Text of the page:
Japan’s largest warship, the Kaga helicopter carrier, sailed into Sri Lanka’s Colombo harbour this weekend, marking Tokyo’s highest profile salvo in a diplomatic battle with China for influence along the region’s vital commercial sea lanes. Japan has long provided low-interest loans and aid to Sri Lanka, helping it transform Colombo into a major trans-shipment port tapping the artery of global trade just south of the island that links Europe and the Middle East with Asia. Japan’s military diplomacy is flourishing under Prime Minister Shinzo Abe. “Japan’s government is promoting a free and open Indo-Pacific and this deployment in the Asia Pacific is a component of that strategy,” Rear Admiral Tatsuya Fukuda, the commander of the Kaga and its destroyer escort, said in his cabin as the carrier steamed for Colombo through the Indian Ocean. “Maritime security and stability is of critical importance” to an island nation like Japan, he added. On its way to Sri Lanka, the 248m (814ft) ship carried out naval drills in the Philippines and Indonesia. It also drilled with a British Navy frigate before docking in Colombo on Sunday with 500 sailors and four submarine hunting helicopters aboard. As part of the goodwill visit, the Kaga’s crew also brought packets of colourful origami paper, crafting flowers for local children who came to tour the ship soon after it docked. The visit was intended to reassure Sri Lanka of Japan’s willingness and capability to dispatch its most powerful military assets to a region. “Sri Lanka, as a hub in the Indian Ocean, and upholding its commitment to a free and open Indian Ocean, welcomes naval vessels from all our partner nations, to interact with Sri Lanka’s Navy,” said Sri Lankan foreign ministry spokeswoman Mahishini Colonne. “Several navy vessels from our partner countries have visited Sri Lanka this year already and the ship from Japan, a close bilateral partner, is welcomed in the same spirit.” “Sri Lanka is a key country within the region and a core part of Japan’s open and free Indo-Pacific strategy. A monopoly by any country at a Sri Lankan port would run counter to that,” a foreign ministry official told Reuters, asking not to be identified because he is not authorised to talk to the media. In March, Sri Lanka’s President Maithripala Sirisena visited Tokyo for talks with Abe, who despite being constrained by a constitution that forbids the use of force overseas, has sought a greater role for his military in the region. Such naval forays are a recent change that for some veteran sailors on the Kaga was unexpected. “When I joined, we would sail out for the day and train from morning till night. I never imagined that we would be deployed on actual missions like this,” said Command Master Chief, Yasuhara Tohno, a 35 year navy veteran. The Kaga is half-way through a two-month deployment that will see it visit India next. In the last five years, Japanese naval vessels have stopped in Sri Lanka 50 times. But the Kaga’s new role as a big stick of Japanese diplomacy is for some influential military experts in Japan foolhardy because it means deploying ships away from where they are needed more. “I am strongly against it,” said Yoji Koda, a retired admiral who is now a fellow at the Fairbank Center for Chinese Studies at Harvard. “Our navy was tasked to kill submarines in the Western Pacific and guarantee the safety of US naval forces. That is enough, we can’t do anymore things.” Japan has one of the biggest and most advanced navies in the world with more than 40 destroyers, four helicopter carriers and around 20 submarines. “We undertake far more missions than we did in the past. That means we are stretched in some areas but it is our job to complete the job with the equipment we have,” said Fukuda, Kaga’s commander.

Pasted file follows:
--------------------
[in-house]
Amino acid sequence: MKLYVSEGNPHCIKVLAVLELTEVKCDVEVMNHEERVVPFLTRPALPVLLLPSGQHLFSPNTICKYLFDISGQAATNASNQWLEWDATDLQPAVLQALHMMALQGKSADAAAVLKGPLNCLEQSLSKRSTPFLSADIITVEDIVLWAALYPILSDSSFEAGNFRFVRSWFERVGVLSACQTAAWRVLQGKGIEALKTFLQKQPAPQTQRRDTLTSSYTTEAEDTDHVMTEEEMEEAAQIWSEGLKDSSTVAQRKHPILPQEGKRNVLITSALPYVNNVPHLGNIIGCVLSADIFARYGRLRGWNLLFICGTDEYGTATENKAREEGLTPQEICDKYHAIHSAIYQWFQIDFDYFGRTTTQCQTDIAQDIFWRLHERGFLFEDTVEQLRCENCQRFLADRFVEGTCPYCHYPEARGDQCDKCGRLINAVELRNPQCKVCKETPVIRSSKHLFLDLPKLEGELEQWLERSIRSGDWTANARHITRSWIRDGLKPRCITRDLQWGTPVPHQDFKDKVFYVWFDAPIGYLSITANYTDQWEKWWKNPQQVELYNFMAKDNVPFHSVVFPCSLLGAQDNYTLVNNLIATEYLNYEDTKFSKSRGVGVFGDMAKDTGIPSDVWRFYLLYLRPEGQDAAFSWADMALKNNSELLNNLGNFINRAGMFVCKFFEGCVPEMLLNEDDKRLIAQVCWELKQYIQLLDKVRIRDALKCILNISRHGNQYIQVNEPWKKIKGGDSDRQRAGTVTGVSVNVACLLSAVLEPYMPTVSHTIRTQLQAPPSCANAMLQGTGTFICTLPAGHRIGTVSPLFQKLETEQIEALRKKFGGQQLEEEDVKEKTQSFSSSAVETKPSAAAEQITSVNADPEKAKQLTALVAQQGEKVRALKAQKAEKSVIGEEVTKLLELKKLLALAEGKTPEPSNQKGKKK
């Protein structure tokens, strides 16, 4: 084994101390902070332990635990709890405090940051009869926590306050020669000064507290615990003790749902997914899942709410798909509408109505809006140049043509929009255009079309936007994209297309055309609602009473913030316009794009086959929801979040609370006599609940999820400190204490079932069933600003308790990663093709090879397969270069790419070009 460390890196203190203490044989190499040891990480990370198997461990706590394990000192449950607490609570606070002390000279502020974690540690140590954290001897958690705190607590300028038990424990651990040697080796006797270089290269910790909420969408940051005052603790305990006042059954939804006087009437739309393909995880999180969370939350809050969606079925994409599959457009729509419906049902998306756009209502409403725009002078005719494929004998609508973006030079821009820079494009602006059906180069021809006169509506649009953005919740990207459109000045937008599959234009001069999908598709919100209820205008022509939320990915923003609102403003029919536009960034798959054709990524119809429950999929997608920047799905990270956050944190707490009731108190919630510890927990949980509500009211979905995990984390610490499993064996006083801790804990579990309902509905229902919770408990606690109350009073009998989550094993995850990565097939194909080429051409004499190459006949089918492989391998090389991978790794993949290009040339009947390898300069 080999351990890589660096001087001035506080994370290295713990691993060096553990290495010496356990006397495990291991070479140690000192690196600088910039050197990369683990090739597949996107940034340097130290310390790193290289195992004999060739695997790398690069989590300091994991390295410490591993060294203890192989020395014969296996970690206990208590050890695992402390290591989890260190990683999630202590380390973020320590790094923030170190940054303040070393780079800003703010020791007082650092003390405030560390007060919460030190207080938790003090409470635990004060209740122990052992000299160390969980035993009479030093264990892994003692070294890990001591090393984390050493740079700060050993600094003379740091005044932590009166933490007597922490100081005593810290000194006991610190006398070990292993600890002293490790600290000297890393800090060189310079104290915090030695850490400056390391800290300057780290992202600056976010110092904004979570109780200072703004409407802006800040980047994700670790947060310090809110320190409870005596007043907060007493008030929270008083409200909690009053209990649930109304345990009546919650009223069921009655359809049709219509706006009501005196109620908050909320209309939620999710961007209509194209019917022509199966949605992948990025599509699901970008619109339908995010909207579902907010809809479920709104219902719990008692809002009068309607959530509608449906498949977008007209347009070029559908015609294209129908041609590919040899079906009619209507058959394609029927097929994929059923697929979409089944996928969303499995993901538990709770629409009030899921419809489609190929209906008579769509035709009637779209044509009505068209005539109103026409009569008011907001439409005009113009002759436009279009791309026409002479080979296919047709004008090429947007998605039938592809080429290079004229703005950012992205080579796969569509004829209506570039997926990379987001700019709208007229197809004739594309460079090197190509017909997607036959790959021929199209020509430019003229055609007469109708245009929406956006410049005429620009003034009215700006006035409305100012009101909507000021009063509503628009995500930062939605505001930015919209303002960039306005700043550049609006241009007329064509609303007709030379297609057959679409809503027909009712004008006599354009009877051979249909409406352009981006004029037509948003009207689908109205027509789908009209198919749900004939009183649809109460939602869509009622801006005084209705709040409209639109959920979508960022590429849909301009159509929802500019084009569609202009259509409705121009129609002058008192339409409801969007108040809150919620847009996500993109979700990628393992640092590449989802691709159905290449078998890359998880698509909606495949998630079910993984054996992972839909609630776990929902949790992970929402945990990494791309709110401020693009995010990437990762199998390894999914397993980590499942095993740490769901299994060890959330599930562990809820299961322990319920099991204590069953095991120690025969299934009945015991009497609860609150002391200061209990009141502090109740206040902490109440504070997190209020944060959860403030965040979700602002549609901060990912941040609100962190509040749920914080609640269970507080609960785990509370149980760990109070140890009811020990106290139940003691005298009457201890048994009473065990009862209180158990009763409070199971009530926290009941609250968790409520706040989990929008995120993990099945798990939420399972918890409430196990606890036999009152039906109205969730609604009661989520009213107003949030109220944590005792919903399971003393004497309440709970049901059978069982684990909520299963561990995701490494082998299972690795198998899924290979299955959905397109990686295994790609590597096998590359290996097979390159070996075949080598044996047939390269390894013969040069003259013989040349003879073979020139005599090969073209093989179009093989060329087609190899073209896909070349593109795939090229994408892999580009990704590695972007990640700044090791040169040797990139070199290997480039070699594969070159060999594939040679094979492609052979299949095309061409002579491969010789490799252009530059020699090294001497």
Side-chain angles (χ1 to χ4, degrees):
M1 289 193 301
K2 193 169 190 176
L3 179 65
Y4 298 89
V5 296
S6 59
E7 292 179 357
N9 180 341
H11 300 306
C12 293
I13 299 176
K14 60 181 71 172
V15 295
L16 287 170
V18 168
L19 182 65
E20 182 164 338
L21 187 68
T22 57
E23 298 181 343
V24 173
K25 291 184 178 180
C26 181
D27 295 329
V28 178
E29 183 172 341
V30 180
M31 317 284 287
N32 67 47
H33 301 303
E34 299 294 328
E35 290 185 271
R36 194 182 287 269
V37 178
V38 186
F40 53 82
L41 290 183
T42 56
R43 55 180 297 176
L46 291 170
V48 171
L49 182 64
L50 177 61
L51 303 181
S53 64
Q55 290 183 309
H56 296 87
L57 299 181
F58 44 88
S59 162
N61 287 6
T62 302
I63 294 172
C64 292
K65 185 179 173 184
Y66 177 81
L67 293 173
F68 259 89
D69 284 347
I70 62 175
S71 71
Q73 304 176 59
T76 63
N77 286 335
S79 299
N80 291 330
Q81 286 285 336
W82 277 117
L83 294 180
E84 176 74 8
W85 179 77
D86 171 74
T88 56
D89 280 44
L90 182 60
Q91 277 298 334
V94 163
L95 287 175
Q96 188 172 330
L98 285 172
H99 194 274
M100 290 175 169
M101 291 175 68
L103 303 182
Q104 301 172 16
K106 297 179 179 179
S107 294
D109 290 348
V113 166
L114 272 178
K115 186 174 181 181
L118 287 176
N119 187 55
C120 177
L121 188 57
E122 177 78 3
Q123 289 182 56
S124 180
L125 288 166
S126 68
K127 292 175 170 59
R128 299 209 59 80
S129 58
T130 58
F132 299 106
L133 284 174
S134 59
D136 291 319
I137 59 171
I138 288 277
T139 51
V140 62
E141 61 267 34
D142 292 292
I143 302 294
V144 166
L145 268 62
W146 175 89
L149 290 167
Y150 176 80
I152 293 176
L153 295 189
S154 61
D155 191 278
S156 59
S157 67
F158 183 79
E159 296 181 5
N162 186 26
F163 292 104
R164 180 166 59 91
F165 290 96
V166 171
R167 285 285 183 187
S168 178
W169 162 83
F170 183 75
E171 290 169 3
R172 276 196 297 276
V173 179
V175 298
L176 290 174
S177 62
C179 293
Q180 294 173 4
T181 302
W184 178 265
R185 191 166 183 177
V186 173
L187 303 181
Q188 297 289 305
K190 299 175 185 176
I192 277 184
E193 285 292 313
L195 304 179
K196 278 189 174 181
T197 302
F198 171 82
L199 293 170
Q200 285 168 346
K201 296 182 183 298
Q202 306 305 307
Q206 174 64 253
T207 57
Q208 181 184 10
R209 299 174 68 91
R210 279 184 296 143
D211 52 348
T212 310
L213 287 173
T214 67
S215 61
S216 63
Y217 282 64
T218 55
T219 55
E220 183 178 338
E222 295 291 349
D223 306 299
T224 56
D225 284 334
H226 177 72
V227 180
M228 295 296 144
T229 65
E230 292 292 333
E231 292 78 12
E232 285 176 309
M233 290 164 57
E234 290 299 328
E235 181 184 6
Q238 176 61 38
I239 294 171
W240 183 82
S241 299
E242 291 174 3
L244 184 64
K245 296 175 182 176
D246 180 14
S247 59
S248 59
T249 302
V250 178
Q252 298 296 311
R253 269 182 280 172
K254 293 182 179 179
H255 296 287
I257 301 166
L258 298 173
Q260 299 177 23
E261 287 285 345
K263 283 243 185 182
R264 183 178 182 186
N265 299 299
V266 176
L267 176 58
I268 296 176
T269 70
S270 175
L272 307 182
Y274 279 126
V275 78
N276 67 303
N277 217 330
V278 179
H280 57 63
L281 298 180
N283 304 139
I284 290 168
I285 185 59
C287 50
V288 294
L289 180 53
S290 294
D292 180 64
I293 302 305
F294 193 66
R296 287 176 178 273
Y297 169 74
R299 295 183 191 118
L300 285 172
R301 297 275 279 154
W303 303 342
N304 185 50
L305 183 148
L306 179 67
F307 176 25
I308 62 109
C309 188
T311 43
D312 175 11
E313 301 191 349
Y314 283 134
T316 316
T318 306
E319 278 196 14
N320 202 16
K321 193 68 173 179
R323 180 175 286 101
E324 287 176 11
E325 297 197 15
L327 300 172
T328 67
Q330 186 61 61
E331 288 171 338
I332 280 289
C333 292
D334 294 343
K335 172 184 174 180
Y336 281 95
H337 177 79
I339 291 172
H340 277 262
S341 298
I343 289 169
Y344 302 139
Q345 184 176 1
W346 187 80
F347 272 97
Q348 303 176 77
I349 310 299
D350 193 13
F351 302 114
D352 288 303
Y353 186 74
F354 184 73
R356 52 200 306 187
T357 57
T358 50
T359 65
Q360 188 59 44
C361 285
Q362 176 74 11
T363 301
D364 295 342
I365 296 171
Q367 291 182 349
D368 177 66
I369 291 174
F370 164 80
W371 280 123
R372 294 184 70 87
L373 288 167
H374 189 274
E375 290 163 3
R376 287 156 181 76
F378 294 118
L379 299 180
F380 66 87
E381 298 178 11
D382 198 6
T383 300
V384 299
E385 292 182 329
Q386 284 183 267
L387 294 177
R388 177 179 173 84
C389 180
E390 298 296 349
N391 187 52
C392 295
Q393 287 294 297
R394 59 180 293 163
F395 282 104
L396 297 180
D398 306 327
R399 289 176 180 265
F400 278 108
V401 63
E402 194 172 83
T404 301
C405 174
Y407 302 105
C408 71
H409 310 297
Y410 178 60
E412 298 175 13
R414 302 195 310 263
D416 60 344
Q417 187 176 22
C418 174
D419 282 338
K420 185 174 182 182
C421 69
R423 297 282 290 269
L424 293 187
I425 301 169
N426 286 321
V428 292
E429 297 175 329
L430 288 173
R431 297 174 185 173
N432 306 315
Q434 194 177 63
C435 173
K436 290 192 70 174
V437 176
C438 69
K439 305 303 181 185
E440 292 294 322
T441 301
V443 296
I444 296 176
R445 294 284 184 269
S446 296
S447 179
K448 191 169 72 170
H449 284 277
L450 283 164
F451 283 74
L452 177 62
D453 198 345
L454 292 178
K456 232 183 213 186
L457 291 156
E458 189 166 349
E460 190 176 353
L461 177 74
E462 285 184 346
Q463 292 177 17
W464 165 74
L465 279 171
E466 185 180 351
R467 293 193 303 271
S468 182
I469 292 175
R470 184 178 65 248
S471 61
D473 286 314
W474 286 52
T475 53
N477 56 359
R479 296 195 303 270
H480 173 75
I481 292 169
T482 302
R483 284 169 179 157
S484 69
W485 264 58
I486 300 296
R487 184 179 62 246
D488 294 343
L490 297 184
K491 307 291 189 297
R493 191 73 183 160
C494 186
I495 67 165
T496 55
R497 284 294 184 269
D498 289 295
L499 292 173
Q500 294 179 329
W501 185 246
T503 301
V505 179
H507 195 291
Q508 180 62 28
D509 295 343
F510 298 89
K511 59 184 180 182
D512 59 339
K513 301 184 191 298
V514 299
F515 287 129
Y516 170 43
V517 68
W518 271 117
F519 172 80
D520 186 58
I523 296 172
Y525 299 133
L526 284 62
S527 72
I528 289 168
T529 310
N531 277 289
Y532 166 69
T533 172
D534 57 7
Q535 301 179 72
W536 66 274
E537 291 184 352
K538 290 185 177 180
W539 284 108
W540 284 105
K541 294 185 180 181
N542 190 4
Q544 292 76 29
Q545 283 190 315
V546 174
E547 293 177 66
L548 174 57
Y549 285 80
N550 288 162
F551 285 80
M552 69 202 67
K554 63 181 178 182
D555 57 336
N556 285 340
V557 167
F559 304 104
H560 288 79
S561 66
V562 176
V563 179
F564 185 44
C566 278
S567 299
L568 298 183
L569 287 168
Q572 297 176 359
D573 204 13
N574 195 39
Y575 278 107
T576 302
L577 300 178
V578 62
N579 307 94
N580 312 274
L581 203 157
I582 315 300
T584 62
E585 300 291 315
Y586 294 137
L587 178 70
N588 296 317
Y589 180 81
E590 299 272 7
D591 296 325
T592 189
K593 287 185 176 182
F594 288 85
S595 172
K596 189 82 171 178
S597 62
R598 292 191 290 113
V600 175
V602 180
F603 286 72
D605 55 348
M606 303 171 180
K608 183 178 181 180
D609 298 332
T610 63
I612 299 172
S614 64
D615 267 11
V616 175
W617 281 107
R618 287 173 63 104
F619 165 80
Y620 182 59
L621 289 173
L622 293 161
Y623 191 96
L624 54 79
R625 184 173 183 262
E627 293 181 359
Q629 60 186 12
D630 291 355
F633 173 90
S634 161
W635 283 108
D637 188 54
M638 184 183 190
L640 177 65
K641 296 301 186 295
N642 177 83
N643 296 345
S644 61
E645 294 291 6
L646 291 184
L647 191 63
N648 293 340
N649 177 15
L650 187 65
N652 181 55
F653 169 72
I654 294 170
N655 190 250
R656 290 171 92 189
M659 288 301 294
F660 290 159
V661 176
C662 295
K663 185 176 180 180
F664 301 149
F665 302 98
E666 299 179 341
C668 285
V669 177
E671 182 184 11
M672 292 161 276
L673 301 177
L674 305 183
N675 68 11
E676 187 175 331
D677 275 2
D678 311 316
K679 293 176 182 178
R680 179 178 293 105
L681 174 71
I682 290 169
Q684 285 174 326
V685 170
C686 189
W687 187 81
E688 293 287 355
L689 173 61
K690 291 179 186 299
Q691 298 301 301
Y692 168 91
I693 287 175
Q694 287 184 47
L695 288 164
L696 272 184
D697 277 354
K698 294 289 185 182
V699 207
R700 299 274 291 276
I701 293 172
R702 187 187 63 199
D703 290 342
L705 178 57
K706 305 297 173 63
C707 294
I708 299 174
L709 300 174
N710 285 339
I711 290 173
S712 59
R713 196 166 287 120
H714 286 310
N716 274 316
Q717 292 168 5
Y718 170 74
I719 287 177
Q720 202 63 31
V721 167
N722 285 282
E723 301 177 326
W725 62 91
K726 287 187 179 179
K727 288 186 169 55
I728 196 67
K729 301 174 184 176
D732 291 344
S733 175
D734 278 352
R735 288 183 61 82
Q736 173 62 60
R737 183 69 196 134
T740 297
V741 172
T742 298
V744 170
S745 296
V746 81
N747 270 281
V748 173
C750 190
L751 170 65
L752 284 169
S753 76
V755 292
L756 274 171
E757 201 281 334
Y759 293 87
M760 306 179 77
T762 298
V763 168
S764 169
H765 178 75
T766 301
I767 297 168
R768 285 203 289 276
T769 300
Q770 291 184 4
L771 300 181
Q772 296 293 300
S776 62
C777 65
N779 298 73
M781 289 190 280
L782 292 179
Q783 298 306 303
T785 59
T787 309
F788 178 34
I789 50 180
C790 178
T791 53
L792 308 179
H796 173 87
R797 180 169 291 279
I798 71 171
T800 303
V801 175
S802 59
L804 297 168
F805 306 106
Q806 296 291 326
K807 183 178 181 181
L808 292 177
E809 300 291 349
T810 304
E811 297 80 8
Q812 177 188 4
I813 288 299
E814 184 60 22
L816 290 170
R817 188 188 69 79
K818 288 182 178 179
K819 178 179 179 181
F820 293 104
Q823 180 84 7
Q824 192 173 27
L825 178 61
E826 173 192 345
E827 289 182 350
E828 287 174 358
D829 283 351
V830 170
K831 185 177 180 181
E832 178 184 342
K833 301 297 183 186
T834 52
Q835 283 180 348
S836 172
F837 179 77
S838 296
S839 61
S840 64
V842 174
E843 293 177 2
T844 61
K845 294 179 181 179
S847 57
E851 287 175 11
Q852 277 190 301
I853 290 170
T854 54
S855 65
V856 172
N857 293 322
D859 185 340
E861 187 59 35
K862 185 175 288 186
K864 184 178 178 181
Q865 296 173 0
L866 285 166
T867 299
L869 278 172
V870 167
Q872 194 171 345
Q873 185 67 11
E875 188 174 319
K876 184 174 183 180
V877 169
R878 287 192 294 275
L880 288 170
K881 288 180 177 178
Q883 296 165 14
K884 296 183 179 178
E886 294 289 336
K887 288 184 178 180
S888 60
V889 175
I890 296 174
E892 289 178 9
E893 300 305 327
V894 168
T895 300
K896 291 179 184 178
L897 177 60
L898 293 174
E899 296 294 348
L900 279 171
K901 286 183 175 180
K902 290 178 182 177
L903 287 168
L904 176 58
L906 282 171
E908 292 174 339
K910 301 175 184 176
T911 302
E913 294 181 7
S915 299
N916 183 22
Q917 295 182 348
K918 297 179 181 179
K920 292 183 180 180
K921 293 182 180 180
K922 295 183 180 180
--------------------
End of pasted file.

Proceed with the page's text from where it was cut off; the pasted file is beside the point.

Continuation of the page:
A powerful typhoon sliced through Japan yesterday, injuring dozens, halting transport, and bringing fierce winds and torrential rain to areas already battered by a string of recent extreme weather episodes. Typhoon Trami sparked travel disruption in the world’s third-biggest economy, with bullet train services suspended, more than 1,000 flights cancelled and Tokyo’s evening train services scrapped. At least 84 people suffered minor injuries, many hurt by windows shattered in the driving wind, and one woman in her 60s was reported missing amid fears she was swept into a gutter. After pummelling Japan’s outlying islands including Okinawa, the storm made landfall south of the city of Osaka in the western part of the country around 8pm local time. Yuji Ueno, an official in the town of Shirahama near where Trami made landfall, told AFP the winds were “enormous” and made it impossible to venture outside. “We saw incredible winds and rain. I stepped outside the city hall in the afternoon, and the rain was swirling in very strong wind. Enormous wind.” “It was difficult to stay standing. It was very scary,” said Ueno. Trami, which at its height packed maximum gusts of 216km per hour, was expected to churn over most of the archipelago, weakening slightly but causing extreme weather into Monday, forecasters said. Weather officials have warned of potential flooding and landslides and non-compulsory evacuation advisories have been issued to around 4mn residents, according to public broadcaster NHK. More than 750,000 households, mainly in western Japan have lost power, according to local utilities and mobile phone services suffered disruption. As the typhoon barrelled east, rail authorities took the highly unusual step of cancelling evening train services in Tokyo, one of the world’s busiest networks, urging passengers to shelter indoors when the storm hits. The typhoon did not hit the capital head-on but Tokyo still saw fearsome winds and lashing rain later Sunday and the streets of one of the world’s biggest cities were deserted. At the world-famous crossing in Shibuya, where thousands normally jostle every few minutes as the lights change, just a few hardy souls braved the horizontal rain and powerful gusts. Shops and business closed early as the capital hunkered down for the storm. Trami is the latest in a string of extreme natural events in Japan, which has suffered typhoons, flooding, earthquakes and heatwaves in recent months, claiming scores of lives and causing extensive damage. Osaka lay close to the path of the storm and its Kansai Airport, which is situated on reclaimed land offshore and suffered extensive damage in a storm earlier in September, closed early as a precaution. Officials piled up sandbags to avoid a repeat of flooding seen during the previous storm. Speaking to AFP from a hotel near the airport, British businessman Richard Swart said: “It’s actually quite warm outside, very windy and with very heavy rain.” “The airport is closed. There are very few people around and all the shops are shut. It’s really deserted,” added Swart, 56, from Durham in northern England. Even from the safety of the hotel, he said he could hear the wind “howling” outside.